At the meeting in Singapore, the president of the Philippines, Ferdinand Marcos Jr., warned on Friday that his government could call on support from the United States under a mutual defense treaty in the event that a Chinese vessel caused the death of a Philippine sailor.

A U.S. official who heard Admiral Dong’s speech took issue with his portrayal of China and its People’s Liberation Army as the innocent victim in regional disputes. The official, speaking on condition of anonymity to discuss geopolitical tensions, said the admiral’s assertion was at odds with the Chinese military’s “coercive activity” in the region.

Even in Singapore, Mr. Austin and other Western officials were also reminded that Ukraine’s more than two-year war against Russian invasion continues to demand their leaders’ attention and their taxpayers’ resources.

Mr. Zelensky was a last-minute addition to the gathering. He met on Sunday with Mr. Austin, who provided an update on U.S. security assistance, according to a Pentagon readout of the meeting, before Mr. Zelensky addressed the conference.

Faced with Russian military advances in his country, Mr. Zelensky has been urging the United States and Europe to step up support for his forces and overcome fears about letting Ukraine fire American missiles and other weapons at military targets inside Russia.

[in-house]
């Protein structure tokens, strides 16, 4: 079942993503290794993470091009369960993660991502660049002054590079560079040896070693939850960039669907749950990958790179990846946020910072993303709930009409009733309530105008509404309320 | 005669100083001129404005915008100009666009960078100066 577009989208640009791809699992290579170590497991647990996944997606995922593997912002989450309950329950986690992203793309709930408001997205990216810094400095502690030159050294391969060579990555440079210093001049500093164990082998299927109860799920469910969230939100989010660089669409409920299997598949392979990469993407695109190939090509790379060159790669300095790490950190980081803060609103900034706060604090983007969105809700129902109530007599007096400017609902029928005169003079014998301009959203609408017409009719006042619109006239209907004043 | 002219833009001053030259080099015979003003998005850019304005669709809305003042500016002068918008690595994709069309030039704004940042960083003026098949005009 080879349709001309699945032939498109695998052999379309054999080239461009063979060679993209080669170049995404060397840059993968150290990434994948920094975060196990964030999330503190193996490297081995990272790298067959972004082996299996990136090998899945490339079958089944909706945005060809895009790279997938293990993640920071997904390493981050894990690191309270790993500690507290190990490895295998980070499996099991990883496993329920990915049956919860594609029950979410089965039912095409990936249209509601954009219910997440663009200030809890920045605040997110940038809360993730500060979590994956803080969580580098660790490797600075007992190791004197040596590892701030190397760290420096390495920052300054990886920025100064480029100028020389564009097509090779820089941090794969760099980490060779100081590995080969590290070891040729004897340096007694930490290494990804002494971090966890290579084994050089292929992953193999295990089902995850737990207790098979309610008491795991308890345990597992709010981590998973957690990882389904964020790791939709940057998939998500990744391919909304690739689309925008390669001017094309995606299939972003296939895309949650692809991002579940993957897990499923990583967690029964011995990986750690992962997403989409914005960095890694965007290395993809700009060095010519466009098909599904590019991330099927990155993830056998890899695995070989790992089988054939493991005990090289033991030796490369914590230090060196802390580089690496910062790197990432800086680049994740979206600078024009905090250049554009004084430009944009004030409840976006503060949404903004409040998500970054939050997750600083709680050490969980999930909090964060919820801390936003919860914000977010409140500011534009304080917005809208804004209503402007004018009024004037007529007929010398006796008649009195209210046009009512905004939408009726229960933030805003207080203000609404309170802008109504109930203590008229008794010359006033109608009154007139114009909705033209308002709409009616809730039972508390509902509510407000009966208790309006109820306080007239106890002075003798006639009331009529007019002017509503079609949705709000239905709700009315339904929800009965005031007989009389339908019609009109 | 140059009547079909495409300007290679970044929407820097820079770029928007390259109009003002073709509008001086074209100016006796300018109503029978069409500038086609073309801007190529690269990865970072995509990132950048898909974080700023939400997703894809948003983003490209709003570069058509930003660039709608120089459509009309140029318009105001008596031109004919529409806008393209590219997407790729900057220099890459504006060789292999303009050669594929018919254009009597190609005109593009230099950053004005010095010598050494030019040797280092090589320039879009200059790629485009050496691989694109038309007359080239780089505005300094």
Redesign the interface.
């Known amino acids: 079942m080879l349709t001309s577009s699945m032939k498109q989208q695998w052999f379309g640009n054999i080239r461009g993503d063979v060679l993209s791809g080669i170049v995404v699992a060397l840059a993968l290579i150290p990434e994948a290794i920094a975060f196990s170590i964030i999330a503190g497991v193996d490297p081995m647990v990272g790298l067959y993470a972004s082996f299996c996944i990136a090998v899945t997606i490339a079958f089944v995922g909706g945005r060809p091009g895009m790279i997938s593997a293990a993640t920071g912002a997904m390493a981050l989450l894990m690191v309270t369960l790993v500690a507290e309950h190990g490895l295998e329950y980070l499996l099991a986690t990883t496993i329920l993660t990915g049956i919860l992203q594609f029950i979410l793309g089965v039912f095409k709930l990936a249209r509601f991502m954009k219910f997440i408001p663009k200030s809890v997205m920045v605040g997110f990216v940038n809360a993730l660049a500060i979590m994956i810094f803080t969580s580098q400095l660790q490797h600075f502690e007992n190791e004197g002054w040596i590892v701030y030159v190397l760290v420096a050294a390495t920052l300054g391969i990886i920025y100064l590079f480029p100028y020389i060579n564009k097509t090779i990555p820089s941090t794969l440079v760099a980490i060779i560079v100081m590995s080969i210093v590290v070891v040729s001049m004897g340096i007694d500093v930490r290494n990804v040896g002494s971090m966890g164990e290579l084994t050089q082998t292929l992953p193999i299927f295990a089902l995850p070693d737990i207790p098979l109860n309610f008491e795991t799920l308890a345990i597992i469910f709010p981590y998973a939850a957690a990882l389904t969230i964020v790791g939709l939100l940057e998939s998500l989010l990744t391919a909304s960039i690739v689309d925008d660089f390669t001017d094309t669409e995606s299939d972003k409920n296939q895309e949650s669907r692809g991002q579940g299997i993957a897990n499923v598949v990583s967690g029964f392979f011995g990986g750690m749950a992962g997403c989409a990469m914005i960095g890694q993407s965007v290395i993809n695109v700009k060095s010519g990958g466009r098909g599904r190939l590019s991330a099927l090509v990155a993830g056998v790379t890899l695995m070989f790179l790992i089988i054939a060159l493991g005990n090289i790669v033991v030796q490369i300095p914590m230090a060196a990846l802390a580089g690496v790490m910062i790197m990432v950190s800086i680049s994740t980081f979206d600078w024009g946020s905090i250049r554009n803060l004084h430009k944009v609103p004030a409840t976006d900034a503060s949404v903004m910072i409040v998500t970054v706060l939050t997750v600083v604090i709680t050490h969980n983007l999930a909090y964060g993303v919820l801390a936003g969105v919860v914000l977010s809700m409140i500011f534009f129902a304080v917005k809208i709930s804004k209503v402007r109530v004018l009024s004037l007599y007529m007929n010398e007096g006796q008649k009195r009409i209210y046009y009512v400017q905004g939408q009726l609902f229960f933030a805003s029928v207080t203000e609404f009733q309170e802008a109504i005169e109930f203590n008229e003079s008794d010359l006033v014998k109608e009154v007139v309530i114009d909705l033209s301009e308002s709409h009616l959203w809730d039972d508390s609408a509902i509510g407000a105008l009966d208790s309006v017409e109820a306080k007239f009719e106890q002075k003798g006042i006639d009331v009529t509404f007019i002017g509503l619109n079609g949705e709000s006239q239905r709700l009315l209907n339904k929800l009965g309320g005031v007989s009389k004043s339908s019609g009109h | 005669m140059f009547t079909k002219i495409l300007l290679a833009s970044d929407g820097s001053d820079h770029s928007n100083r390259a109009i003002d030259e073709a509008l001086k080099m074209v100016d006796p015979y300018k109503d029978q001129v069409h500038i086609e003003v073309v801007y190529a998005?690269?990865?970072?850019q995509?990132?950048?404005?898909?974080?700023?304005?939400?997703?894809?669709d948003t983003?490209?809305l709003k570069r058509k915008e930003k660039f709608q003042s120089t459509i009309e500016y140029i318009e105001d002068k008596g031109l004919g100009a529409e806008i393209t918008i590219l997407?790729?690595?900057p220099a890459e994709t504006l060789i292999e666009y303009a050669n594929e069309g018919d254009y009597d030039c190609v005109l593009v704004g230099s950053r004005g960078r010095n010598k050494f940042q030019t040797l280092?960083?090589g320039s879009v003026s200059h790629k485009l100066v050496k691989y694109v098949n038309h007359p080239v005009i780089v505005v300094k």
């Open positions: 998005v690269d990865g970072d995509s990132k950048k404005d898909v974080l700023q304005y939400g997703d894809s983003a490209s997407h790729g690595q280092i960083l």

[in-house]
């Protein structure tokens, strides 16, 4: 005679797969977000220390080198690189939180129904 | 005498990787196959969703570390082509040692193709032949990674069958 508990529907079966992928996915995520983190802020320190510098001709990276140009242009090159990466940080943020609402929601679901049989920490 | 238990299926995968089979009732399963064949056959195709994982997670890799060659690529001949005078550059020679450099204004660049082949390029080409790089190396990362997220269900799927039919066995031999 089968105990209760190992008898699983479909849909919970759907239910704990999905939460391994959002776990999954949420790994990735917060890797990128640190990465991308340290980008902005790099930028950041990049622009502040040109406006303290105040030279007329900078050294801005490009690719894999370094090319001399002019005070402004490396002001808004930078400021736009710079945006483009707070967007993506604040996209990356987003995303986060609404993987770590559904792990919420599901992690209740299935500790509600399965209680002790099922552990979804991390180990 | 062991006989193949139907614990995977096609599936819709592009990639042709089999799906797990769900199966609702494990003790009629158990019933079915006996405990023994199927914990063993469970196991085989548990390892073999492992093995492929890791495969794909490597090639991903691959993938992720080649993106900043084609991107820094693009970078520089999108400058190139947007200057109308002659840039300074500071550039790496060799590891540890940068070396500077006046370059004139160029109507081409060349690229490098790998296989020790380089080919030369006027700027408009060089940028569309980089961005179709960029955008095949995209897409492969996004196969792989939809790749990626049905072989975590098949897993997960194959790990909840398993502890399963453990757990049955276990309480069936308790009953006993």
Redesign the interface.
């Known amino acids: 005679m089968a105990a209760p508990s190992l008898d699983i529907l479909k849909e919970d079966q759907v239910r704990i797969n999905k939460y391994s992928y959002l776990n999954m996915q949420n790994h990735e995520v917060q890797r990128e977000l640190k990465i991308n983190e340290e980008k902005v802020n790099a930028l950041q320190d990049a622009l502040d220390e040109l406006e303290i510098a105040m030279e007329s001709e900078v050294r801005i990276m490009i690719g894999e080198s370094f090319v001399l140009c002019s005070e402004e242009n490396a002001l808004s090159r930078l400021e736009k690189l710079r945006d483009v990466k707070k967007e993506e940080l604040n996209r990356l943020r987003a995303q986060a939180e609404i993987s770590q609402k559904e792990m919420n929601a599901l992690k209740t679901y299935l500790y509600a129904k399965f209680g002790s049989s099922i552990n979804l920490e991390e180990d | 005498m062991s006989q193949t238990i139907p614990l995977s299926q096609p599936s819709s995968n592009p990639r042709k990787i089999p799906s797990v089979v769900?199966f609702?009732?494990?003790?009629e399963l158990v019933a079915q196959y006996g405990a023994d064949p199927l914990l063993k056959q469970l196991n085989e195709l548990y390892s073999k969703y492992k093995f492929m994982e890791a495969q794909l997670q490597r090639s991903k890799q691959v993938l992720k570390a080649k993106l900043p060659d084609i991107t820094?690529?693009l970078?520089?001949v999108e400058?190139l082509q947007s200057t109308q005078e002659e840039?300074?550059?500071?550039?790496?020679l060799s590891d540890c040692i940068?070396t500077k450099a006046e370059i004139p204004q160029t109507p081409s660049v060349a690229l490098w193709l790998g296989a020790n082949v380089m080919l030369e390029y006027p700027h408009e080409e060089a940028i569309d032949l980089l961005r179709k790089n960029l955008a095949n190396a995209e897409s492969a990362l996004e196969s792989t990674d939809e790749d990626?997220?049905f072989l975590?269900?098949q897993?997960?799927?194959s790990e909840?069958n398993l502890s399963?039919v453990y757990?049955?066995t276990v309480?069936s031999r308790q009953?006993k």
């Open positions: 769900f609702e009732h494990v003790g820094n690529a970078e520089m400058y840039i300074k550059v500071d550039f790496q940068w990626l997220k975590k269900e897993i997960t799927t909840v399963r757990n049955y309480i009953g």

He was greeted with loud applause before delivering a 15-minute speech promoting a peace summit on Ukraine in Switzerland next month that he said officials from 106 countries had agreed to join. He appealed to leaders across the Indo-Pacific to support the gathering with their attendance or ideas.

“We are ready to hear various proposals and thoughts that lead not to the continuation of the war — and this is very important — but to the end,” he said. He added that only diplomacy with persistence would end the conflict.

“The world has to be resilient; it has to be strong; it has to put pressure on Russia,” he told the gathering. “There is no other way to stop Putin.”

Analysts said his appearance showed the increased interconnectedness among security issues worldwide.

“It’s a reminder to countries in Asia and the Indo-Pacific that the war taking place in Ukraine isn’t just a European problem. It’s a problem for the world,” said Bonnie S. Glaser, managing director of the Indo-Pacific program at the German Marshall Fund of the United States.

“Zelensky recognizes that he has to go out and remind the world to continue to support the fight that his country is engaged in,” said Ms. Glaser, who was at the Singapore conference.

Mr. Zelensky said on social media that he also had met with U.S. Congress members at the gathering in Singapore, including Representative Michael McCaul of Texas, a Republican who is the chairman of the House Foreign Affairs Committee. Mr. Zelensky thanked him for helping win approval in April for additional military assistance for Ukraine, but also suggested more was needed.

“We talked about the frontline situation and military assistance, particularly additional systems and missiles to strengthen our air defense,” Mr. Zelensky said.